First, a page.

Tag Archives: Richard Nixon

Democratic Debate Slides Leftward

Townhall Review – August 3, 2019

Mike Gallagher with Eric Trump and Bob Frantz with Michael Johns, former speechwriter for President Bush ’41, all share their impressions on the recent 2nd round of Democrat debates.

Dennis Prager speaks with USA Today columnist Jim Robbins about his devastating column on Baltimore.

Hugh Hewitt turns to Harry Kazianis, Director of Korean Studies at the Center for the National Interest, for the latest on North Korea in light of the missiles fired earlier this week.

Seth Leibsohn invites Heather Mac Donald of the Manhattan Institute as well as the author of  “The War on Cops” to give her law and order insight into Joe Biden’s “tough on crime” jargon.

Hugh Hewitt invites Kasey Pipes, the former advisor to President George W. Bush, to share about his new book: “After the Fall: The Remarkable Comeback of Richard Nixon.”

Mike Lindell, the founder of My Pillow, tells Mike Gallagher about his big push to help those recovering from addiction.

 

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Michael Medved: Impeachment Dreams, National Nightmares


Democratic impeachment dreams will inevitably collide with a Constitution that makes removal of a president all but impossible. With the current Senate line-up, Democrats would need to persuade 20 Republicans to join all 47 of them for the two-thirds vote to drive Trump from office.

In 232 years of Constitutional history, no US Senator—not even one—has ever voted to remove a president of his or her own party. What happened to Richard Nixon in 1974? The Watergate crisis climaxed in the midst of a midterm election campaign; a campaign in which the GOP ultimately lost 48 House seats and 5 in the Senate.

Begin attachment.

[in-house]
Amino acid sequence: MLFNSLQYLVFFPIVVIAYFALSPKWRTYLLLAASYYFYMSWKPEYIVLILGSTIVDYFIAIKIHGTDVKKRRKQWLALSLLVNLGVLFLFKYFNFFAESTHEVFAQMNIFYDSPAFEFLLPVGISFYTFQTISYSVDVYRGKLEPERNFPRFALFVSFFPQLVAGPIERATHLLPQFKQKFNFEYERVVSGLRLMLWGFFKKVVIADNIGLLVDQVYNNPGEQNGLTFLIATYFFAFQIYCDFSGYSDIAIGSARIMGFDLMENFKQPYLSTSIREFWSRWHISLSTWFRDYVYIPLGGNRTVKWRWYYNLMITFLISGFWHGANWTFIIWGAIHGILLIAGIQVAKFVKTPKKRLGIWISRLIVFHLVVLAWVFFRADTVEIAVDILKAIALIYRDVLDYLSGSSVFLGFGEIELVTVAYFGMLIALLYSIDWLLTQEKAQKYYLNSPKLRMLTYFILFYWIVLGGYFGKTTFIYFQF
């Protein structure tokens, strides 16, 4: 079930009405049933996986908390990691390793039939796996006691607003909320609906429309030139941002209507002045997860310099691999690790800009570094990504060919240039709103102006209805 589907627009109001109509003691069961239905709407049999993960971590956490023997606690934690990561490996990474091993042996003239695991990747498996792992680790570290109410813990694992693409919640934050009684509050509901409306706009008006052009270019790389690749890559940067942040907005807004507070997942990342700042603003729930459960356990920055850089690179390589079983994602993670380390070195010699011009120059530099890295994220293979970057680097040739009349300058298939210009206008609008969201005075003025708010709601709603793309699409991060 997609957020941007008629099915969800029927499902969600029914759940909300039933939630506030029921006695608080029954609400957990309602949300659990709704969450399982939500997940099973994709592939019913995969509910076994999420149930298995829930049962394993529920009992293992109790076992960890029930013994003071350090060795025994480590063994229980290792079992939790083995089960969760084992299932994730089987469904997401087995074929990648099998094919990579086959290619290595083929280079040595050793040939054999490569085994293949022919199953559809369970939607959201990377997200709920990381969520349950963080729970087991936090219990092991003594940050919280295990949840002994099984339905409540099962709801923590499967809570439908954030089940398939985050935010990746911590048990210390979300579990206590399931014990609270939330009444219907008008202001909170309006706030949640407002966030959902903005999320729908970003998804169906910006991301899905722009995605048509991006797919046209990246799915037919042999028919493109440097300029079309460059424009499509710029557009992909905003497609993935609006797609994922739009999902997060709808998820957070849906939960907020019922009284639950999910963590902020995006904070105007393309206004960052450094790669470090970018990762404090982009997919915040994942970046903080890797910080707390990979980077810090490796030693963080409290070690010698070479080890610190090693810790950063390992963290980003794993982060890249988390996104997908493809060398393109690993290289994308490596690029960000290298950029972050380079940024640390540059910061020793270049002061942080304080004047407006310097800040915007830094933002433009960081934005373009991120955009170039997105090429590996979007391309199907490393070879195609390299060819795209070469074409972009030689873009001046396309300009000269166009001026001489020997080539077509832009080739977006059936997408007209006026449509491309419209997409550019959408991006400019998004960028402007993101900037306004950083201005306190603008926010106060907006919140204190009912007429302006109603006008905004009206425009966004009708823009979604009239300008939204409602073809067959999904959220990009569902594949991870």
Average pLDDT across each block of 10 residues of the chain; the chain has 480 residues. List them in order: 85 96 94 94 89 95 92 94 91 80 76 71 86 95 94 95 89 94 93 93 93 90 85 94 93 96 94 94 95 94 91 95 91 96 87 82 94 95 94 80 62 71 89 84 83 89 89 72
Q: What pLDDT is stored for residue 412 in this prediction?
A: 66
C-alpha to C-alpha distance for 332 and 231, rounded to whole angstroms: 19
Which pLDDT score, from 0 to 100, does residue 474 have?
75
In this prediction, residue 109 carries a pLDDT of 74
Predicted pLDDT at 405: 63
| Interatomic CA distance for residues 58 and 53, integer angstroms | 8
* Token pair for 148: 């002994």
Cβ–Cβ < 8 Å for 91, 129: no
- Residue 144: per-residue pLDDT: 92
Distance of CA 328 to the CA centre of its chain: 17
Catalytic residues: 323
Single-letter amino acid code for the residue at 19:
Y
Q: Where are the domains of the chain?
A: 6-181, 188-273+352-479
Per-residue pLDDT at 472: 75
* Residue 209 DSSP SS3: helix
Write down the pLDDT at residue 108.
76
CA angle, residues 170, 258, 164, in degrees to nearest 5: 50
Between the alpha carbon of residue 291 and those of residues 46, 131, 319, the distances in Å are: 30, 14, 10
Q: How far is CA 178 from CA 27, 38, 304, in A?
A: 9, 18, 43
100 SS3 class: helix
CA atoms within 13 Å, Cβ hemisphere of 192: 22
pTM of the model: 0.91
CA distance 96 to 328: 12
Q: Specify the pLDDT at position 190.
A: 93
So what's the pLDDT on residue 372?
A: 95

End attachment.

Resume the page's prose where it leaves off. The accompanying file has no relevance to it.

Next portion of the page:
In a desperate bid to mitigate looming disaster, Senate leaders begged Nixon to resign. For the sake of his party and his country, he did so. In Trump’s case, elections are nearly two years away and, barring unforeseen, catastrophic revelations, his resignation is inconceivable.

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Michael Medved: Stop The Impeachment Daydreams

Opioid

Democrats who prattle endlessly about impeaching President Trump are deluding themselves and damaging the country. Not only do they lack convincing evidence of impeachable “high crimes and misdemeanors” but they also possess no understanding of the lessons of history.

Only three presidents have ever confronted serious impeachment proceedings: Andrew Johnson, Richard Nixon and Bill Clinton. In each of those situations, the embattled president faced a hostile Congress, with House and Senate overwhelmingly controlled by the opposition party. In none of those cases, did the accused president lose the support of his own party’s representatives.

To remove Trump from office would take every single Democratic Senator, plus 19 of the 52 Republicans—an impossibility in an age of partisanship. Instead of indulging toxic impeachment daydreams, Democrats should wake up and try to work with the president, whatever his imperfections.

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Greg Thornbury: Nothing New Under The Sun

Greg Thornbury on WikiLeaks

When President Trump informed the media via Twitter that he would not be attending the White House Correspondents’ Dinner, he became the first Commander in Chief not to do so in 36 years. This followed on the heels of Mr. Trump saying that the media was the enemy of the American people.

But as the book of Ecclesiastes reminds us, there’s nothing new under the sun. Who was the last president to ditch the Correspondents’ Dinner? That would be Democrat Jimmy Carter, who did not go to the event twice in his four years in the White House.

Nixon excused himself from the festivities too … twice, and called the press the enemy.

The press thinks they are entitled to access to the POTUS. The President thinks that access should mean more favorable coverage.

But it would certainly help if both sides worked toward giving the American people what they deserve: more reliable and more balanced news.

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